In the Business World, Eco-Friendly is Profit-Friendly

October 14, 2015

3:00 pm

There’s currently a misconception in the business world that taking an eco-friendly position in the marketplace means extra expenses and costly investments. However, this simply isn’t true. As many businesses and their entrepreneurs are quickly discovering, eco-friendly is often synonymous with profitability.

The Relationship Between Sustainability and Profitability

If you doubt the previous statement, don’t worry. You aren’t alone. Most people find it hard to believe that green practices are cost-effective. In order to quell your doubts and inform you about the reality of the situation, let’s take a look at some different points.

1. Energy Dependency

For businesses with large office spaces and warehouses, energy often accounts for a large portion of total overhead expenses. And while an investment in solar panels may seem expensive upfront, the payoffs down the road are tremendous.

Since 1977, the cost of solar panels has fallen an incredible 100 times over. Furthermore, the price has been cut in half by roughly 50 percent since 2008. It’s no longer unaffordable for small businesses to invest in solar technology. And in fact, the government still has a handful of incentivized programs that make installing solar panels a smart choice.

According to certain studies, business owners report energy bill savings of anywhere between 50 to 90 percent per month. If your energy bill is $1,000 per month, that could mean a total annual savings of between $6,000 and $10,800. After taking tax breaks into account and adding up these savings for a handful of years, it’s easy to see why solar panels make sense.

2. Public Relations and Marketing

It’s hard not to acknowledge the impact green practices have on public relations and marketing. Companies that publicly share their commitment to sustainability are able to gain the favor of today’s environmentally conscious consumers. While your choice to go green shouldn’t be solely based on PR, it’s pretty clear that this is a distinct advantage.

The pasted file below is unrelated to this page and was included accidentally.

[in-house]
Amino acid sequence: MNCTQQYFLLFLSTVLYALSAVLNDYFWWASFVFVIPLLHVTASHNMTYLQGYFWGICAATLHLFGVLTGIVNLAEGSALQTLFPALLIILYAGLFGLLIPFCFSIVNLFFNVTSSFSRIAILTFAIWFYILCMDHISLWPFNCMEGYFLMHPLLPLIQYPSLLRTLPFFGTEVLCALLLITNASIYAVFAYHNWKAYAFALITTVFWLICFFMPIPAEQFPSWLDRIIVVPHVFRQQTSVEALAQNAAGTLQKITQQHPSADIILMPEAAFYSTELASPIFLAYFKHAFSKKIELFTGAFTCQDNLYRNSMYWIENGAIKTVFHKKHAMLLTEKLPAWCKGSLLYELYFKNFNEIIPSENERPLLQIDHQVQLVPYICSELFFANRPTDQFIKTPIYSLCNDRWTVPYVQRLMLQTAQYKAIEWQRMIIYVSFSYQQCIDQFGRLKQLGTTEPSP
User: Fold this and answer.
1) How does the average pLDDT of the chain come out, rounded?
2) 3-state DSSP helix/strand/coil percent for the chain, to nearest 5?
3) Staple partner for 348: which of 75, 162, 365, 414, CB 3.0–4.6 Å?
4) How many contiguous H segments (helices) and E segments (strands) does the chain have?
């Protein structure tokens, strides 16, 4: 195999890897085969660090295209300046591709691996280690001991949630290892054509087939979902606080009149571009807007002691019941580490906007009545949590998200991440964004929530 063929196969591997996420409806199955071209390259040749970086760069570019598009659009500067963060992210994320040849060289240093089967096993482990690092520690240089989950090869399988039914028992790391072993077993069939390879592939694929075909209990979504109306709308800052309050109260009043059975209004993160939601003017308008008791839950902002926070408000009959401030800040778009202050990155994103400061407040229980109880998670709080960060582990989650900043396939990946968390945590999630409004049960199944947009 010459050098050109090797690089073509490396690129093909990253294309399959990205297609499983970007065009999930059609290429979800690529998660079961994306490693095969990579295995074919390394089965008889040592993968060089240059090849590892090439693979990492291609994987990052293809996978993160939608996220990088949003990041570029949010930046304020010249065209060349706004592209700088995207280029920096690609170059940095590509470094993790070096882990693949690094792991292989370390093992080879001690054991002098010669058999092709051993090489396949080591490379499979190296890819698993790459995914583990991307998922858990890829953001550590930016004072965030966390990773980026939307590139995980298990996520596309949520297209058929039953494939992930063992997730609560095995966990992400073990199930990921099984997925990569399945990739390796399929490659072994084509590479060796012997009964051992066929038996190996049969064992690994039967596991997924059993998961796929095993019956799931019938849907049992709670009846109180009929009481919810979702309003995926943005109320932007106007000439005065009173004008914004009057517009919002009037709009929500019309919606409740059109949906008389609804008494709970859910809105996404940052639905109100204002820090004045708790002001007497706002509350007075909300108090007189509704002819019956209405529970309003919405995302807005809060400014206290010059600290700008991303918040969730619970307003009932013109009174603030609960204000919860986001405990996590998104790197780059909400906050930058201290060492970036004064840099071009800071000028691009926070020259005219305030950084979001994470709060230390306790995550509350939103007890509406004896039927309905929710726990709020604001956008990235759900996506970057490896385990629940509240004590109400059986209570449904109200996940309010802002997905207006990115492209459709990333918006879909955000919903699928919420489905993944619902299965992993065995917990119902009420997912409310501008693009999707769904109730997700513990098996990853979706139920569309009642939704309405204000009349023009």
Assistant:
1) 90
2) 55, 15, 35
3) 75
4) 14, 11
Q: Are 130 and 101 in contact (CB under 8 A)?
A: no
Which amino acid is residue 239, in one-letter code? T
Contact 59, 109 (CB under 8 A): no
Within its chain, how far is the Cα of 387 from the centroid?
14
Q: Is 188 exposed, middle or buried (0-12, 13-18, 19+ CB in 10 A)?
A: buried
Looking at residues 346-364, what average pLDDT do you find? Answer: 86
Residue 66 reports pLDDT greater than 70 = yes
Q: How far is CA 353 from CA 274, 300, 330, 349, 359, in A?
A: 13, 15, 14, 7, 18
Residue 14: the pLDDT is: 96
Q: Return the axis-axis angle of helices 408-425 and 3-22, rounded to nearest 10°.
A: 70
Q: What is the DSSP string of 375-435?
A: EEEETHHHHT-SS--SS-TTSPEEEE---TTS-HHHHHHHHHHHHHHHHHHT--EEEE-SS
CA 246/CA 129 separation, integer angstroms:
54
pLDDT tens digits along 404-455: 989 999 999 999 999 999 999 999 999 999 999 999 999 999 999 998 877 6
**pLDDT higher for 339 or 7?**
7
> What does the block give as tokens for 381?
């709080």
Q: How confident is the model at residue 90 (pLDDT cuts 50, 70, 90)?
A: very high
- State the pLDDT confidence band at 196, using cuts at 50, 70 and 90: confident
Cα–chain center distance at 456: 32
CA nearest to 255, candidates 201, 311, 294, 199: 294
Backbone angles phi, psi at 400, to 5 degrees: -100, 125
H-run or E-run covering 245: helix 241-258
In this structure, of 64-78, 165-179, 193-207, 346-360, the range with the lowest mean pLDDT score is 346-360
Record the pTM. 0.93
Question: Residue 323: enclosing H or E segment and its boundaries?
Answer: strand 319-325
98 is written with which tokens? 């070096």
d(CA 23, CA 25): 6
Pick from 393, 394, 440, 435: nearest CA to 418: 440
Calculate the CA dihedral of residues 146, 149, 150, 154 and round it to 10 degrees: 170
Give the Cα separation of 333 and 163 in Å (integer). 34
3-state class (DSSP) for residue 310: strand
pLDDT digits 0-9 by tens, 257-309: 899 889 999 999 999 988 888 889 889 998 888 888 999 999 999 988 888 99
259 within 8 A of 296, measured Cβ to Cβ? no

3. Stronger Workplace Morale

Many of today’s employees express an interest in working for companies that care about sustainability and green practices. By showing employees that you’re environmentally conscious, you can expect to increase retention rates and develop a more loyal company culture. Sometimes being green in the office is as simple as using organic cleaning products and installing energy efficient appliances and light bulbs. Other times, it may require a more significant investment in restructuring processes.

4. Stronger Community Support

For businesses, being green can have a significant impact on the local community in which you’re located. Most communities and neighborhoods take sustainability pretty seriously and you don’t want to ruin your reputation by ignoring this fact. By committing to local groups and organizations and aligning your company with neighborhood initiatives, you can truly develop a strong brand.

5. Everyday Cost Savings

Aside from the major energy savings mentioned above, developing eco-friendly habits can also lead to small savings that gradually add up over time. For example, creating a paperless office can reduce your dependence on paper, ink, and other supplies. You may not notice a huge savings at the end of each workweek, but those pennies add up over time and may equal thousands of dollars by the end of the year.

Make Sustainability a Priority

The next time you hear a business and its leaders talk about sustainability and eco-friendly practices, don’t just roll your eyes and shake your head. Not only is it a responsible path to pursue, but being green can actually increase the profitability of your organization. From energy bill savings and tax breaks to better employee retention and positive public relations, sustainability and profitability are not mutually exclusive. Rather, they are directly correlated.

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Larry is an independent business consultant specializing in social media trends, business, and entrepreneurship. Follow him on Twitter and LinkedIn.

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